Sheffield’s main plans for transport will focus on what has been called Connecting Sheffield, which will host a wide range of consultations and funding opportunities for new and safer routes for walking, cycling and public transport. You can already see how few cars enter the city centre, clearly reflected in some of the photos I took (above and below) on a weekday at around 14:00 pm
The Green Estate CIC
The Green Estate is located just a 30-minute walk or a 20-minute bike ride from Sheffield City Centre. Our group was taken by bus and we were able to go over the estate’s history, current projects and strategies for the future with some of the workers, like Ted Talbot and the CEO, Sue France of the community-based organisation.
This area encompasses historical estates that were built as part of habitational solutions for its expanding industry workers that, until then, had mostly lived in city slums. Between the 20s and the 60s, they gradually built up these estates as new suburbs with social housing that allowed the council to move workers out of the slums. With the decline and closure of major industry during the 70s and 80s in the UK, high levels of unemployment and total institutional abandonment amongst a mostly working-class neighbourhood led to increasing levels of deprivation. The estate reached one of its worst moments in 1995 as a local school was burnt to the ground, leading to a local MP to name-shame the area as the “worst estate in the UK”.
Although the area was far from being the worst estate in the country, the labelling turned it into a target for regeneration and funding from the government and regional charities. You can find out more about the history of this social housing development at the amazing blog run by John Boughton “Municipal Dreams” (Also a book) which has been documenting the past and present of social housing in the UK. Here is a link to the history of Manor Estate.
In 1998 the Manor Castle Development Trust and SWRT set up a heritage and environment project called the Green Estate Community Interest Company (CIC). This Community organisation would take over and manage green and abandoned space that existed within the Manor Estate.
Since then they have built up a reputation, rewilded the area and won numerous Green Flag Awards. They now work on 4 public parks and 2 gated spaces that cover around 43 hectares of land. The area we visited is called the Manor Fields Park and occupies 21 hectares and has been turned from a wasteland into a natural park.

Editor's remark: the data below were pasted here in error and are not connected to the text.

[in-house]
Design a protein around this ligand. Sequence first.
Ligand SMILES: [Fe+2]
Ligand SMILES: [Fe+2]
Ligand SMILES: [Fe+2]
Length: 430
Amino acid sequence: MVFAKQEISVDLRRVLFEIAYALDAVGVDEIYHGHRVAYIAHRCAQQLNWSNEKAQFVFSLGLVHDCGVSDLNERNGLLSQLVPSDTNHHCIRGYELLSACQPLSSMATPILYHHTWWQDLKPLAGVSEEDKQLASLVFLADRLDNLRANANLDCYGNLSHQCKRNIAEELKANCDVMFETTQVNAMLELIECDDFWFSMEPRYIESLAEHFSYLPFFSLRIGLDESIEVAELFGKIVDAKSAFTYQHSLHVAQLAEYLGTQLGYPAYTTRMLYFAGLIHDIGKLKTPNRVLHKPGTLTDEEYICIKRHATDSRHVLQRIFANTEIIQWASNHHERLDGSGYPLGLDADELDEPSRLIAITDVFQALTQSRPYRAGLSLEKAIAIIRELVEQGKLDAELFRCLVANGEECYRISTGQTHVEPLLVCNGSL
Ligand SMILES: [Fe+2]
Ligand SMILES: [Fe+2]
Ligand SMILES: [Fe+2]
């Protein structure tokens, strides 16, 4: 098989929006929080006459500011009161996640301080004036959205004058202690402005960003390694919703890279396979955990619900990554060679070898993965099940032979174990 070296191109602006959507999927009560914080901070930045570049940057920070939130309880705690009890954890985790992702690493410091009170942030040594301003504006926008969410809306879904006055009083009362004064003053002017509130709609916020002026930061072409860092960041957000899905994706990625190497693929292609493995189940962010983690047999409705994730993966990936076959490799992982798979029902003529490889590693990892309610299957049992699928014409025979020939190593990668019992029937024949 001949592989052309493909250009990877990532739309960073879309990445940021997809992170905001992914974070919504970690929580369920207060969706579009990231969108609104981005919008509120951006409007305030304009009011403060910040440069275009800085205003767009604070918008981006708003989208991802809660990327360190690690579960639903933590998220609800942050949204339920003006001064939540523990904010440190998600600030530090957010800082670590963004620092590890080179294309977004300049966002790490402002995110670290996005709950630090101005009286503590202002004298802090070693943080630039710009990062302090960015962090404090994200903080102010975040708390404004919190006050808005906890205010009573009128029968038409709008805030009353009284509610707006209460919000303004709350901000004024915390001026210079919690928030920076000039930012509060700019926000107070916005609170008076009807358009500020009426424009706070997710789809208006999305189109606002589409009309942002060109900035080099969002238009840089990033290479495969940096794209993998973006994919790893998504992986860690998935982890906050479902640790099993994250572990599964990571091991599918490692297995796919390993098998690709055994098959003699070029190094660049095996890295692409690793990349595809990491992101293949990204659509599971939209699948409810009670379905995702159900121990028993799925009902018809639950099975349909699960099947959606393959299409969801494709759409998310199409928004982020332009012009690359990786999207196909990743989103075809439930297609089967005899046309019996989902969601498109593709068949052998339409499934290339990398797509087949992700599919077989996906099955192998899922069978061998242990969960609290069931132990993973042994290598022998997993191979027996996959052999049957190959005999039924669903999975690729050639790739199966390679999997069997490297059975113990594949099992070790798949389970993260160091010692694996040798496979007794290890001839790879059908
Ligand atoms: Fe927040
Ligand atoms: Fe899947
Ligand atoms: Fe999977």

This park is currently owned by the local council but is leased on a long-term basis to the Green Estate. Here they have started with what they call “the accessible and the Beautiful” which works around the idea of opening spaces for the community, local schools and residents and creating wild and natural displays that are valued by their neighbours. Once this has been established the idea is to move on to other wider services that are more linked to systemic change within the city.
They currently provide services like horticultural tunnel therapy, the recollection of local urban green waste (which they transform into peat and resell for £3 pounds a pack) or landscaping services which includes an amazing “spin-off” service called Pictorial Meadows. The latter recently had the honour of being hired to set up a wild meadow in the Tower of London´s moat last summer.
The CIC also has an adaptable, but elaborated strategy “Green Estate Strategy 2030” that includes a “vision of the world where all urban places are engaging, adaptive and resilient”. The project now boasts 74 hired staff and a £2.4 million turnover. They are extremely proud of the role they have played in the regeneration of the neighbourhood and plan to start conversations with the colliding school for them to open a gate that can allow children to enjoy their amazing natural meadows.
Alan is an ex-chef, he studied political science and has an MSc in Sustainable Cities. Activist for change, he has worked with refugee NGOs in Seville, as policy officer in local government and is currently involved in a unique community project called Local Trust.
View content by Alan here.
Learn more about the Global Walkability Correspondents Network here